One of the things that will happen with single market rules, with us coming out of the common fisheries policy—although we have built a framework in the Fisheries Act—is that we can have divergence between the nations of the United Kingdom. I would be interested in how quickly the Minister feels there will be divergence and how it will be treated or worked around by the Government and the devolved authorities.

I welcome how the Government have, on a number of occasions, reconfirmed to the committee that they will operate a similar scheme to the EMFF, but when will it start? It is very important to the industry. The EMFF is not a large fund—it is small in comparison with many other EU structural funds—but it is well targeted and focused on making a difference, particularly to smaller fishing communities and fleets. So when will that fund be up and running?

Lastly, I admit that I find Northern Ireland fisheries incredibly difficult to understand, but I would like to understand from the Minister whether, when a Northern Ireland fishing vessel lands in the Republic of Ireland or back in Great Britain, its catch is treated as a UK or an EU catch. What are the implications of that for any future tariffs, quotas or phytosanitary regulations? Those questions take me through everything I need to say.

My Lords, I thank the Minister for his introduction and for his helpful briefing beforehand. It felt very strange reading the first SI, as I felt transported to a bygone age, long before all our efforts to produce the Fisheries Act and before an anticipated announcement with the EU on post-transition trade, which will of course have a major impact on future fisheries provision.

The first SI refers to a targeted consultation with key stakeholders on the Fisheries White Paper that took place in 2018, as though the last couple of years had not happened. I know from our briefing that this SI has been in development for some time and is necessary partly to incorporate changes to EU regulations that have occurred this year. So, given that some of the references in the SI are rather out of date, could the Minister clarify when exactly it was drafted, why it was not introduced before now and why it makes no reference to the impact of the Fisheries Act? We would have thought that would have had at least some impact on the details enclosed in it. It would help—to echo points raised by other noble Lords—if the Minister could clarify when he sees our legislative framework fully transitioning from the common fisheries policy to our ambition as an independent coastal state, as set out in the Fisheries Act. We seem to be treading water rather at the current time.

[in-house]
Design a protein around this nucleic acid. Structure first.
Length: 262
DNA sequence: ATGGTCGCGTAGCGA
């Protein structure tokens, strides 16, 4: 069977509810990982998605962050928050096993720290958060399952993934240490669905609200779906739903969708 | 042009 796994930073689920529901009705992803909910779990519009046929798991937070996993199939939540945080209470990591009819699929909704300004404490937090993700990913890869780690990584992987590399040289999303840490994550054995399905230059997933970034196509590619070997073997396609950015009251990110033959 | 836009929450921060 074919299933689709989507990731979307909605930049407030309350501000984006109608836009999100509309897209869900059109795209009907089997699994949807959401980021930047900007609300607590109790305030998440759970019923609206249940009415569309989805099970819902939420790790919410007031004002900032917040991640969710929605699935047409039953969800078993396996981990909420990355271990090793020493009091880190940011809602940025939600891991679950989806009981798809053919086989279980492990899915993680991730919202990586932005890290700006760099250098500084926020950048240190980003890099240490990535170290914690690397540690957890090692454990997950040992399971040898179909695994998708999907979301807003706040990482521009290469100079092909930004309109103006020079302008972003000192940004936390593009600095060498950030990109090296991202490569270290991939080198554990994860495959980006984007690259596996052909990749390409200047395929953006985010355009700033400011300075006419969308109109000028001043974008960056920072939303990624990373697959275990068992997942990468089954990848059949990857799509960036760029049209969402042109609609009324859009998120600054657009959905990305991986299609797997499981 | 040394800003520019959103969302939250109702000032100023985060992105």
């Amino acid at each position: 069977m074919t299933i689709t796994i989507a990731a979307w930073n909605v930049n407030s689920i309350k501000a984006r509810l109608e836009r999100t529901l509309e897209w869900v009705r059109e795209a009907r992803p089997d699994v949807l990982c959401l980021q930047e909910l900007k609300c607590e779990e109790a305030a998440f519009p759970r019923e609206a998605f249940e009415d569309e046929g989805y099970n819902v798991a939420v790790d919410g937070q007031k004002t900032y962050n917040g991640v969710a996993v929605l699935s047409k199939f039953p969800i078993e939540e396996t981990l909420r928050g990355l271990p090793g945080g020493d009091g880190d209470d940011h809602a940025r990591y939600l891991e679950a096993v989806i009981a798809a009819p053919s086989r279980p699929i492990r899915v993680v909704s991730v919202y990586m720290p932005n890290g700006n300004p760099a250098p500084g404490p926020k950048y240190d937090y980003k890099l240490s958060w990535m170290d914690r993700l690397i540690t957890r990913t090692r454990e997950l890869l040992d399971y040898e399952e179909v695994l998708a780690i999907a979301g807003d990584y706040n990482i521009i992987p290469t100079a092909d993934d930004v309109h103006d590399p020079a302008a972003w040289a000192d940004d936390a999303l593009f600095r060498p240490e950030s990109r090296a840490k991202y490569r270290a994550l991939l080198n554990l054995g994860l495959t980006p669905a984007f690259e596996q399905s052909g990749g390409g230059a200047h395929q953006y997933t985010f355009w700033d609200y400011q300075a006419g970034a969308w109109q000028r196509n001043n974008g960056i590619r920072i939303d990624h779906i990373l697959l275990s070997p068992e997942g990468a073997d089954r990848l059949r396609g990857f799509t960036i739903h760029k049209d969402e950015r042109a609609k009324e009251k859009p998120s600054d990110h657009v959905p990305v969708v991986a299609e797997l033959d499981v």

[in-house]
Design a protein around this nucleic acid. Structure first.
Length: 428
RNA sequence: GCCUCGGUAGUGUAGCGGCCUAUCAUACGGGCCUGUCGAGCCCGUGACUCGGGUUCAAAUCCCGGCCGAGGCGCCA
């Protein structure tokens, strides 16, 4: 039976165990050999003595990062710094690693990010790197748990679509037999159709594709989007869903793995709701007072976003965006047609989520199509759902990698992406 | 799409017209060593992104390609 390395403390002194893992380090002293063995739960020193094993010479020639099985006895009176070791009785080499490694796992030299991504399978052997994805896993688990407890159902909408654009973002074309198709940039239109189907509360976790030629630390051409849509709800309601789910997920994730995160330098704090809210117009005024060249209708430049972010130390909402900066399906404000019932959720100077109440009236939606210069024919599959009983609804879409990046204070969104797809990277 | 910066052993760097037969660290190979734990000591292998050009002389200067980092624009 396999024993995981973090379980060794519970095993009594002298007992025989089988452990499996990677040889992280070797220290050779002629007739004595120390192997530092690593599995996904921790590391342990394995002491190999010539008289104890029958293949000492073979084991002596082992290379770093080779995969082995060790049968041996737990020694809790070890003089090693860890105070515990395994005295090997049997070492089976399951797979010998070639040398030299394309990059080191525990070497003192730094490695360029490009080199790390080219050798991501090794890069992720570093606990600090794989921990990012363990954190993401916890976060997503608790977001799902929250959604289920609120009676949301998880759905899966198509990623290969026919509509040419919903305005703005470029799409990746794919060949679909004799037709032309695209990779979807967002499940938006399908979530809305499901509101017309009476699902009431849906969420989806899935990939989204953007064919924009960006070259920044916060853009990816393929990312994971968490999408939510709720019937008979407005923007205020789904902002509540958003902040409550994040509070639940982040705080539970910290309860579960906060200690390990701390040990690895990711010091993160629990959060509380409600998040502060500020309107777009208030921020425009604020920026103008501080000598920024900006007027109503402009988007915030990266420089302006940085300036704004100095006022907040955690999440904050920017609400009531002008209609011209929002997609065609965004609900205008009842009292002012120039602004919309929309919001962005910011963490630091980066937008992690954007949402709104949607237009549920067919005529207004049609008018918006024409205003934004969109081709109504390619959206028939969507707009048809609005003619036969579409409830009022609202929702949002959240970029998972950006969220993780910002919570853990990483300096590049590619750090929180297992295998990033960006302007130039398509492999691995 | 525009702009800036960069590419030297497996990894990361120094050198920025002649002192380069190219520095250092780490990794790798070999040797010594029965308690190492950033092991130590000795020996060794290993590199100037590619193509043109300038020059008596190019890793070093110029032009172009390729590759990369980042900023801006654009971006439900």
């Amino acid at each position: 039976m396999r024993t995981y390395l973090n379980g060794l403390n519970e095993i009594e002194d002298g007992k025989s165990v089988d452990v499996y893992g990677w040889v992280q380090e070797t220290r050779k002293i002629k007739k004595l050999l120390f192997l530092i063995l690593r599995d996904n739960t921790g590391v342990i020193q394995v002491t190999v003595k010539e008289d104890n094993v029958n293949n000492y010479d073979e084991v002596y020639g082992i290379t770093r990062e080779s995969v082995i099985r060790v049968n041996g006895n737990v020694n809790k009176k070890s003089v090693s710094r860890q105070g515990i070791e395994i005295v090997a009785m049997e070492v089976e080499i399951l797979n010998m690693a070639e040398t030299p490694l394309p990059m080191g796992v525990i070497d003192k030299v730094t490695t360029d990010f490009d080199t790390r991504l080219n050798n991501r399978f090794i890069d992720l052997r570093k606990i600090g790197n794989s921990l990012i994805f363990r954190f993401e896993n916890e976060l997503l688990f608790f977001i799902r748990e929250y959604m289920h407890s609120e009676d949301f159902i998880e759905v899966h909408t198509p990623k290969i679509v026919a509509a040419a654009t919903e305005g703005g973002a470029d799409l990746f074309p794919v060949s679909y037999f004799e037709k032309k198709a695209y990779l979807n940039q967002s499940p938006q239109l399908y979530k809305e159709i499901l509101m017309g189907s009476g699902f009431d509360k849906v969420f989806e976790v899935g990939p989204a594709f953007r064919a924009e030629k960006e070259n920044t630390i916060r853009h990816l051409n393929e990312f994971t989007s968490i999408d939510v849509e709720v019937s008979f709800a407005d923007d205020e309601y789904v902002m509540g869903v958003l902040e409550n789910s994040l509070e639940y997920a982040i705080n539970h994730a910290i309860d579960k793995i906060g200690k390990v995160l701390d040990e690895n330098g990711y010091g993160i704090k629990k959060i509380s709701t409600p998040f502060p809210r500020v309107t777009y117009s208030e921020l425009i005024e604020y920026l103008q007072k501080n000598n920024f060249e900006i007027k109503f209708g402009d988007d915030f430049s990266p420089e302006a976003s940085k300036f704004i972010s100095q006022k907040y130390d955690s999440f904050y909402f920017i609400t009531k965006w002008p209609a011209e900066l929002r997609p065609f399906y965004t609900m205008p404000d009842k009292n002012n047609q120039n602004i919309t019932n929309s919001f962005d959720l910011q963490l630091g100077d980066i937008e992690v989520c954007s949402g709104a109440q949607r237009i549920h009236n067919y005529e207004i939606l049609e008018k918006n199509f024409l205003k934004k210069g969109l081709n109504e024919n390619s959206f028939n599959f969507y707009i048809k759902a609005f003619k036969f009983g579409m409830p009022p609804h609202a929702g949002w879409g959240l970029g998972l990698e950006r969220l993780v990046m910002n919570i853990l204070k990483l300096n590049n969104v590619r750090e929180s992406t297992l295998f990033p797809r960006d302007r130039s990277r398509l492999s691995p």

The Minister referred to ClientEarth’s submission to the Secondary Legislation Scrutiny Committee about the potential weakening of requirements in relation to scientific information and research surveys, sustainability of stocks and reporting. Again, his point was echoed by other noble Lords. It suggests that the detailed reporting requirements contained in EU law have not been replicated in this SI. I would be grateful if the Minister could address this.

In the Defra response to ClientEarth, the department says that it

“will comply with all of its reporting and data sharing requirements under the CCAMLR Scheme.”

Are these reporting requirements indeed equivalent to those in the EU? Are the mechanisms to begin that reporting from 1 January in place? Is the information published in a publicly available format? Will the Government continue to exchange information with EU colleagues, at least on an informal basis, as suggested by the noble Lord, Lord Teverson?